I recently interviewed Willem Dafoe onstage, as part of The New Yorker Festival, and I made sure to ask him about—and to show a clip from—“Shadow of the Vampire,” from 2000, which, even though it earned him an Oscar nomination for Best Supporting Actor, remains an unduly obscure entry in his filmography. It’s the second feature directed by E. Elias Merhige, a work of straight-faced and ingenious giddiness—a riotous yet loving laugh up the ample sleeve of cinematic history that’s also a substantial and troubled contemplation of the art.
“Shadow of the Vampire,” written by Steven Katz, is a made-up making-of story, a wickedly fabricated behind-the-scenes yarn about the production, in 1921, of the real-life seminal vampire movie “Nosferatu.” The director of “Nosferatu” is the great F. W. Murnau; it was the first of many films in which he expanded the possibilities of the art form before his death, in 1931, at the age of forty-two. The premise of “Shadow of the Vampire” is that its star, an actor named Max Schreck (played by Dafoe), is a real vampire, whom Murnau (played by John Malkovich) has cast in order to lend the film an unprecedented authenticity. (“Thank God—an end to this artifice!” Murnau declaims as the crew abandons the studio for the on-location castle where Schreck awaits them.)
Murnau promises to pay Schreck for his performance by allowing him to drink the blood of his co-star, the actress Greta Schröder (Catherine McCormack)—after the end of the shoot, of course. (And, no, she hasn’t consented or even been consulted about this arrangement; Murnau only warns her that “it’s a very demanding role.”) Being a real vampire, Dafoe’s Schreck is naturally endowed with pointy ears, claw-like fingernails, fangs, a mortal allergy to sunlight, and an unshakable pallor to go along with his insatiable thirst for blood. The joke of it is that Murnau presents Schreck to the rest of the cast and crew as an actor who is so committed to the truth of his role that he refuses to get out of character or costume and won’t even appear on the set in the daytime—as a performer who seeks truly to live his role for the duration of the shoot, the ultimate Method actor.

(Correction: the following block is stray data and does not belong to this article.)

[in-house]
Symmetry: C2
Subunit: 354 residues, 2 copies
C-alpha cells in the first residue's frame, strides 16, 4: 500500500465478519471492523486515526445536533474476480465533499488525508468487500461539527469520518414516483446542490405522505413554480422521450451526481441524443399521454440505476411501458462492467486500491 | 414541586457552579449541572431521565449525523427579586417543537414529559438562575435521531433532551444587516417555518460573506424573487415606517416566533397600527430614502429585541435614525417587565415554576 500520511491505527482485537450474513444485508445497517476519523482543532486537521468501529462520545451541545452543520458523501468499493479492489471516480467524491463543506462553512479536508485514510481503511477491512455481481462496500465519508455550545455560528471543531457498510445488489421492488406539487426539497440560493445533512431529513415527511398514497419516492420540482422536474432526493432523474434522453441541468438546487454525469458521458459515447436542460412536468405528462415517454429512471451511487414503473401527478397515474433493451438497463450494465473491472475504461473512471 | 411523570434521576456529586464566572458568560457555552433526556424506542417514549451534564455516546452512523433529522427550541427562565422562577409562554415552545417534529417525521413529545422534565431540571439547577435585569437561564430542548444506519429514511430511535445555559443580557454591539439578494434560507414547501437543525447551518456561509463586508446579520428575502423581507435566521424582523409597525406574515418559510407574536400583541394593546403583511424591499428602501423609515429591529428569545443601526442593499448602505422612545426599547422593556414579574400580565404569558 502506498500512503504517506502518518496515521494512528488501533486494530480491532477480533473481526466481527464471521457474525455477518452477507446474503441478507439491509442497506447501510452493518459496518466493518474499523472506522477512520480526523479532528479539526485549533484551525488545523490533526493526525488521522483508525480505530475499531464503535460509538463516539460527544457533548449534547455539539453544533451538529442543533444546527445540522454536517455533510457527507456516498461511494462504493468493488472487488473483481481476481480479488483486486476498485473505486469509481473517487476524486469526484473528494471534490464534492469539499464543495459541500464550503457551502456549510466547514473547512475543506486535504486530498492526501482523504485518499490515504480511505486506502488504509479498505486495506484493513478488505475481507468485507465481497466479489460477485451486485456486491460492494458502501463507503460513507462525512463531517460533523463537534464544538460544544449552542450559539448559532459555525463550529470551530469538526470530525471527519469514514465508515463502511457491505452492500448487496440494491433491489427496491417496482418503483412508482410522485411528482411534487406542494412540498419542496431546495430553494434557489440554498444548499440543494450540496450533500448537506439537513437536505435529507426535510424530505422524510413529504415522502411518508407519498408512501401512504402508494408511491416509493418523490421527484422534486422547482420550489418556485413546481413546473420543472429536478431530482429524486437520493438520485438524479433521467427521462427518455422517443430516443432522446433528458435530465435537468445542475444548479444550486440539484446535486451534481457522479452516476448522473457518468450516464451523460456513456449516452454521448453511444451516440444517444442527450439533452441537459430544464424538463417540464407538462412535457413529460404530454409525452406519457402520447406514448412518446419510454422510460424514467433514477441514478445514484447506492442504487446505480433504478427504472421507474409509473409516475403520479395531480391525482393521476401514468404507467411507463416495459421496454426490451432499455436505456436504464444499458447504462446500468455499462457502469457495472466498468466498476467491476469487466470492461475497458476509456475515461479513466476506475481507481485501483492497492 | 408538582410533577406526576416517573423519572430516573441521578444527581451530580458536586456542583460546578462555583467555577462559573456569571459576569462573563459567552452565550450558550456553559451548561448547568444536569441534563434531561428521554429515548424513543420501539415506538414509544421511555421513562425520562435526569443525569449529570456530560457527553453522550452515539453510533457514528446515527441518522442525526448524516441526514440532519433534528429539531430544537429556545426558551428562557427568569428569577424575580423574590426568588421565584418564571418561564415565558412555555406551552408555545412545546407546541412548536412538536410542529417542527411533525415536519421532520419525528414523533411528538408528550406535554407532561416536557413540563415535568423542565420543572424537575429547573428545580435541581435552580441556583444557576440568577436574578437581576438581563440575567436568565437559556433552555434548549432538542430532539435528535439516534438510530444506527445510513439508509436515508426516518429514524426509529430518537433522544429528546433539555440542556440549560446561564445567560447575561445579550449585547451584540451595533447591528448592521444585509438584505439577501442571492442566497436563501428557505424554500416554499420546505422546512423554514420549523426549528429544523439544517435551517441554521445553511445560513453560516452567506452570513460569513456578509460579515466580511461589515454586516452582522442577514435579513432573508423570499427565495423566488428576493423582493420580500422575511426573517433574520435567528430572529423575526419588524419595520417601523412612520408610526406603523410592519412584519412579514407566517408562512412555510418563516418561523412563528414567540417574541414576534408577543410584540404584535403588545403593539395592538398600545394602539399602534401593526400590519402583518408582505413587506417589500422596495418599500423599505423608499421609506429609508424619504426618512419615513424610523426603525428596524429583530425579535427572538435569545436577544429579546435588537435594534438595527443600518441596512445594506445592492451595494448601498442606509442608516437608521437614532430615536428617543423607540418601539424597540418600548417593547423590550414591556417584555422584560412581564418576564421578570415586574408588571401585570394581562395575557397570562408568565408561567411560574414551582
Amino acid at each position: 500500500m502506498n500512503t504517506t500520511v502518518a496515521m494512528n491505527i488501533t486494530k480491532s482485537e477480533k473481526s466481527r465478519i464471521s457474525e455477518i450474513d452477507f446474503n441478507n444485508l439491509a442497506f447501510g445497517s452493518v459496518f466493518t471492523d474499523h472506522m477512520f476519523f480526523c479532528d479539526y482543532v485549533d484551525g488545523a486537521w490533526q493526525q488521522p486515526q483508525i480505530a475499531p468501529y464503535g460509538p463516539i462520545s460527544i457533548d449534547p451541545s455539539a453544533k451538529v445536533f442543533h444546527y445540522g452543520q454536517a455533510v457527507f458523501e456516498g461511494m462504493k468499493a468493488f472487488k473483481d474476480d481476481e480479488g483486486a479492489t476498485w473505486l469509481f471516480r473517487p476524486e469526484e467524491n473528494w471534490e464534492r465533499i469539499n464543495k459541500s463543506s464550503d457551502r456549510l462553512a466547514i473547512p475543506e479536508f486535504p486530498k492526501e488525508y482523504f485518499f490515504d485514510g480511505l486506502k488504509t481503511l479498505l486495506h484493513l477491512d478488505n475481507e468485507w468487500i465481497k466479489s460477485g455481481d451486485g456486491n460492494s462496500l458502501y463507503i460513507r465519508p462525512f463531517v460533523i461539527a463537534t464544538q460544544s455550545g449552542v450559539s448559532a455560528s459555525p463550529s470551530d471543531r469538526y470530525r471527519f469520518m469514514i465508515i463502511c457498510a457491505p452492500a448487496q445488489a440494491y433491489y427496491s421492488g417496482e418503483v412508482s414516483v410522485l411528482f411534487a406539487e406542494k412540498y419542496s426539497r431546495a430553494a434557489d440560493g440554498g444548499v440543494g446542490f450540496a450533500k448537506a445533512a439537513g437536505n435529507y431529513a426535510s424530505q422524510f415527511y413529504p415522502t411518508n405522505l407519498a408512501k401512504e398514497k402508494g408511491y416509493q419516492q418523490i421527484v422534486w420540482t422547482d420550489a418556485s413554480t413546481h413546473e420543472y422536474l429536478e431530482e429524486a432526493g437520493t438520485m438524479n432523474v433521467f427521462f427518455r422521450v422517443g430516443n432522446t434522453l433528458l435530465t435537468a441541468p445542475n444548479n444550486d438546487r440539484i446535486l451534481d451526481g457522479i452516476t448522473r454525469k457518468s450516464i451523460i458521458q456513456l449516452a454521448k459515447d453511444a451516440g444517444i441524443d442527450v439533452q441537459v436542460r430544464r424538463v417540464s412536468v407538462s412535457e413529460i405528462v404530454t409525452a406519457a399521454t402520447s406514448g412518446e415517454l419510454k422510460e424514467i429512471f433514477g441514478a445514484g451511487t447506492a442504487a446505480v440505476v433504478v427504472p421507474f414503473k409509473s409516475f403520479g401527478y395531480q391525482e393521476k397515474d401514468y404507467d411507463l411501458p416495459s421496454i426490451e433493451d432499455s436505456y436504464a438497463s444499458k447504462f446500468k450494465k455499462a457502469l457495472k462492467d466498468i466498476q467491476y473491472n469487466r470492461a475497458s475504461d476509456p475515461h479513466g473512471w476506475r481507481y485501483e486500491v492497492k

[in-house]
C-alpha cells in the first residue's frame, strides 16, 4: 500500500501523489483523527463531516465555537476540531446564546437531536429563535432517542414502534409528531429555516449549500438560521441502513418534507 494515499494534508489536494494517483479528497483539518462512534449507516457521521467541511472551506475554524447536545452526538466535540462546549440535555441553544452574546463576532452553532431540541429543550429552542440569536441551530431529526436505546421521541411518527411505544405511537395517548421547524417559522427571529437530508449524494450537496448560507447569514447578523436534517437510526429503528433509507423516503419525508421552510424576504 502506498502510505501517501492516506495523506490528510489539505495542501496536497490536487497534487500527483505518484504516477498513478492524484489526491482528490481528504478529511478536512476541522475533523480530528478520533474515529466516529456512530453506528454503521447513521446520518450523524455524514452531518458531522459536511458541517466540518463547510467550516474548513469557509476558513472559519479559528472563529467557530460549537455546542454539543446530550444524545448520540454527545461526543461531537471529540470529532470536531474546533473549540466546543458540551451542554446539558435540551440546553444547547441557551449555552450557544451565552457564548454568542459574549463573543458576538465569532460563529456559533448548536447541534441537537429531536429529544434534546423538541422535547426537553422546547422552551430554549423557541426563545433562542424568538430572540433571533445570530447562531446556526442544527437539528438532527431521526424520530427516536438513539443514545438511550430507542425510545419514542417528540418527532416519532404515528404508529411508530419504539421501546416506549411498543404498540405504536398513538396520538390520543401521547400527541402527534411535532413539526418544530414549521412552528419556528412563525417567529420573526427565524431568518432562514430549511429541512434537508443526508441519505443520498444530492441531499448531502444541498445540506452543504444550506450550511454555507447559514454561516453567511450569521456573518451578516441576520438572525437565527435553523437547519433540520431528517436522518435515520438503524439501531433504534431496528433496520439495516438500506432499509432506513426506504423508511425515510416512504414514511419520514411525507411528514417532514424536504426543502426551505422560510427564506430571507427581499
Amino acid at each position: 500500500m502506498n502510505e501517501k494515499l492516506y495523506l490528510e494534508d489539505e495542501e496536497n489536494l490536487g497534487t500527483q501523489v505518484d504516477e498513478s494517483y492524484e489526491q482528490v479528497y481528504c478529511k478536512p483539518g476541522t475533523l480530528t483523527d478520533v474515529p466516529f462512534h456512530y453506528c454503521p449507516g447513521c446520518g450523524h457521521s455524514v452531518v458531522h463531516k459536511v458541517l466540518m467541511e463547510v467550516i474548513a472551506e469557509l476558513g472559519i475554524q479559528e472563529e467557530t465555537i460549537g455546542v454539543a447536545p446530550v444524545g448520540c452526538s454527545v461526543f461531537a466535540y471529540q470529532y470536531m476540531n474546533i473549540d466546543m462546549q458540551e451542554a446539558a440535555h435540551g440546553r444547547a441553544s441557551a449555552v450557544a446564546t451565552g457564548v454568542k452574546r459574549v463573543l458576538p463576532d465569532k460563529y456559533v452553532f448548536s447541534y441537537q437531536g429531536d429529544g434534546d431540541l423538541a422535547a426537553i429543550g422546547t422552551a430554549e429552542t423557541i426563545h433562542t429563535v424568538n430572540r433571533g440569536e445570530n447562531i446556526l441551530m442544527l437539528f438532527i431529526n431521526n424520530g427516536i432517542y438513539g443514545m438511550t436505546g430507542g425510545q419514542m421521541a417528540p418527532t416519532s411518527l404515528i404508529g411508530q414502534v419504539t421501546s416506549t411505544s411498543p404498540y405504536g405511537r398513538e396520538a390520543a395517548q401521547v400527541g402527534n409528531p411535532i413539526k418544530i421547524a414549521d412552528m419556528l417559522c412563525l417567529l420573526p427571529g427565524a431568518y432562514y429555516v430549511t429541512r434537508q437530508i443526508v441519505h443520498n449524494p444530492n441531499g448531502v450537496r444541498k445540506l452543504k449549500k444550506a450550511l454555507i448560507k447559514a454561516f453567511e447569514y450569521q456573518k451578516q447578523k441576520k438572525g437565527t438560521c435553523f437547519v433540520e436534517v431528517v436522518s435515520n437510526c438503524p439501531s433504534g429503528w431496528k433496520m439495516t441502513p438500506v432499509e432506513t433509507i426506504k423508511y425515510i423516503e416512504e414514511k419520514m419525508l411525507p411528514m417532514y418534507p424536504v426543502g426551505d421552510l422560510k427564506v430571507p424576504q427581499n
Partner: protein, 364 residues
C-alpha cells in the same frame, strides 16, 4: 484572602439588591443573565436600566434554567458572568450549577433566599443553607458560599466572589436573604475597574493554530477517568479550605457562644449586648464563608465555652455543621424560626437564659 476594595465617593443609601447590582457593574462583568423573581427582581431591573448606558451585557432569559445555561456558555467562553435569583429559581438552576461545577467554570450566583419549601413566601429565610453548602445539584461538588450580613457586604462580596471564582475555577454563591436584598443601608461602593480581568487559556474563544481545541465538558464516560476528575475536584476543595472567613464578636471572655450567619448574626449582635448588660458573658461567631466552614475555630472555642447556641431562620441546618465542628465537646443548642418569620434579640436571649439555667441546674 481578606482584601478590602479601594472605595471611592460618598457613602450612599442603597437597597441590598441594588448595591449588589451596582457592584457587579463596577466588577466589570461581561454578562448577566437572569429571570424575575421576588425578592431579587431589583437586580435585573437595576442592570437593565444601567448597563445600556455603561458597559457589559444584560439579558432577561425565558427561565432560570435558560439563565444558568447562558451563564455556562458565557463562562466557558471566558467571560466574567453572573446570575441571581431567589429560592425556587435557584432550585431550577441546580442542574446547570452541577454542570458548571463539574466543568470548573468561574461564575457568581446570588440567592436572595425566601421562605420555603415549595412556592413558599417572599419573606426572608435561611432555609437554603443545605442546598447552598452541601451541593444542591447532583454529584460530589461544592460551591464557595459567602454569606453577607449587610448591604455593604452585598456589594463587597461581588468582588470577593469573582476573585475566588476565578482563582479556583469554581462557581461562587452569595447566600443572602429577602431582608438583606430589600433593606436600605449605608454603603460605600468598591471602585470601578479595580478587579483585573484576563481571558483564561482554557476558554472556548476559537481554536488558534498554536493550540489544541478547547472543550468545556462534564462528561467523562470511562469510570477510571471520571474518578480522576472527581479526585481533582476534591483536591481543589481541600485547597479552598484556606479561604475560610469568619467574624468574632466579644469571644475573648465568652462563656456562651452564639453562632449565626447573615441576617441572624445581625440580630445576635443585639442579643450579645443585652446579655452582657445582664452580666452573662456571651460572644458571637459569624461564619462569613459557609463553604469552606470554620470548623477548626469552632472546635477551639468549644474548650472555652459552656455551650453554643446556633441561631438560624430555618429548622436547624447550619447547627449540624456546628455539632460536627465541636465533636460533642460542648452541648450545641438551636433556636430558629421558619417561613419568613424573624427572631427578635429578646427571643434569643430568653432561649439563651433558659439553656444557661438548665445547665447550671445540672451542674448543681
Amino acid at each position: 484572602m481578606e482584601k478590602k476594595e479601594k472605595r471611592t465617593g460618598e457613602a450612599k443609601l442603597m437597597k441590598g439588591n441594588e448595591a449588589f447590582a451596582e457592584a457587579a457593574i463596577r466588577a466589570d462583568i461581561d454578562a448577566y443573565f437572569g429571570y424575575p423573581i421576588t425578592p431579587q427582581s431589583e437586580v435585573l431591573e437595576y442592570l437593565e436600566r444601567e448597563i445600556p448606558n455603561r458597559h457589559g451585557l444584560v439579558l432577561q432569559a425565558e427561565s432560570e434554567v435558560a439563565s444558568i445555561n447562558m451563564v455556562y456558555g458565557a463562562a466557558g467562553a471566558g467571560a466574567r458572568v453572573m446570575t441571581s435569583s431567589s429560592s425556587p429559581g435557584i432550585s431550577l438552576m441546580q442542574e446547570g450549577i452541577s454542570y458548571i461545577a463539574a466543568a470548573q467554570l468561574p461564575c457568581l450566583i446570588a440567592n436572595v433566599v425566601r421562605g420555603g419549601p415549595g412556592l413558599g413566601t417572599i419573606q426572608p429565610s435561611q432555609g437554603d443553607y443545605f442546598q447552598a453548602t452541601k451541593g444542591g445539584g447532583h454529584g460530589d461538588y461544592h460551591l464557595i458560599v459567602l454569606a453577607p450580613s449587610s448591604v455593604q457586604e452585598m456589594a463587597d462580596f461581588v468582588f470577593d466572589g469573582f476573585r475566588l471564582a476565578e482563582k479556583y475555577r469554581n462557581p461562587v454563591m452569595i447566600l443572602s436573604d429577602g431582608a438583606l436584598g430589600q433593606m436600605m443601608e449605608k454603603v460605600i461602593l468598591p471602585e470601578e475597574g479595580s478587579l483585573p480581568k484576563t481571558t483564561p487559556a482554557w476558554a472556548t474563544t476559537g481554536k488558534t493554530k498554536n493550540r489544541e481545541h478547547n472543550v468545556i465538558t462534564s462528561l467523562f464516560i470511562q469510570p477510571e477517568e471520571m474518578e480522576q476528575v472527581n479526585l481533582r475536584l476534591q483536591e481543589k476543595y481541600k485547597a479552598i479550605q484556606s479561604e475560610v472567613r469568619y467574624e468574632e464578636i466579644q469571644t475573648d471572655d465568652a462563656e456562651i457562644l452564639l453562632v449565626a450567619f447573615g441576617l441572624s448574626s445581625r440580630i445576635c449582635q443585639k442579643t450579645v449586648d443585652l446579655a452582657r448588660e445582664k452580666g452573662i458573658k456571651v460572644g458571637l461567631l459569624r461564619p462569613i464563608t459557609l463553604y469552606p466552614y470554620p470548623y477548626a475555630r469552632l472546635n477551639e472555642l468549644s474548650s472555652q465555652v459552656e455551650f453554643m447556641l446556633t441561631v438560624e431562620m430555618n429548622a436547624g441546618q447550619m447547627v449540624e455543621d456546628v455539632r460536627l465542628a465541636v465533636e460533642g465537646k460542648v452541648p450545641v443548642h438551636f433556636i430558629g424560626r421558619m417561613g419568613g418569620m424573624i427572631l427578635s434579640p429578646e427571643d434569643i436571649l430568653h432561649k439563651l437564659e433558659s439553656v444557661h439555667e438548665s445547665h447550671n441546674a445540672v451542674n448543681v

Merhige approaches this hyperbolic, potentially sketch-comedic plot with a shuddering, sepulchral realism; he blasts past its elements of camp to confront his two predatory protagonists, one inhuman and one all too human, and to observe their inevitable conflict. In his telling, Murnau and Schreck depend on each other for the fulfillment of their strongest needs, which, for Murnau, is an aesthetic one realized carnally and, for Schreck, a carnal one realized aesthetically. Malkovich excels in the role of an artist (one of his specialties) whose intellectual passion and dubious ambition emerge in florid and torrential discourse. Dafoe’s performance is in an altogether different realm: despite the ample antics of the role (or, rather, because of them), Dafoe suggests the grand theatrical manner—the Shakespearean sublime—in cinematic form. Each feral snort and supercilious leer, each vaulted syllable of his chewy mitteleuropäisch accent, and each tremor of his predatory gestures plays to the intense concentration of Merhige’s pressing close-ups.
Merhige delights in Dafoe’s extreme performance, but he doesn’t lose sight of the story’s overarching personal import—its drama of the inherent conflict between directors and actors, and of the misguided effort to fuse art and life. The scenes in which Murnau and Schreck face off, in private, on the set, and even while Murnau’s camera is rolling, evoke a war that gets preserved for history onscreen, one in which real blood is shed. In “Shadow of the Vampire,” the making of a horror movie proves to be a far greater horror than the drama in the film that’s being made. “Shadow of the Vampire” is a gory and grandiose metaphor for the torments and sacrifices made, extracted, and endured in the name of art. It’s a story of the madness of the Method, and of a vampirical director who signs up for that conflict in blood—the blood of others.
Stream “Shadow of the Vampire” on Amazon Prime, Tubi, or Vudu.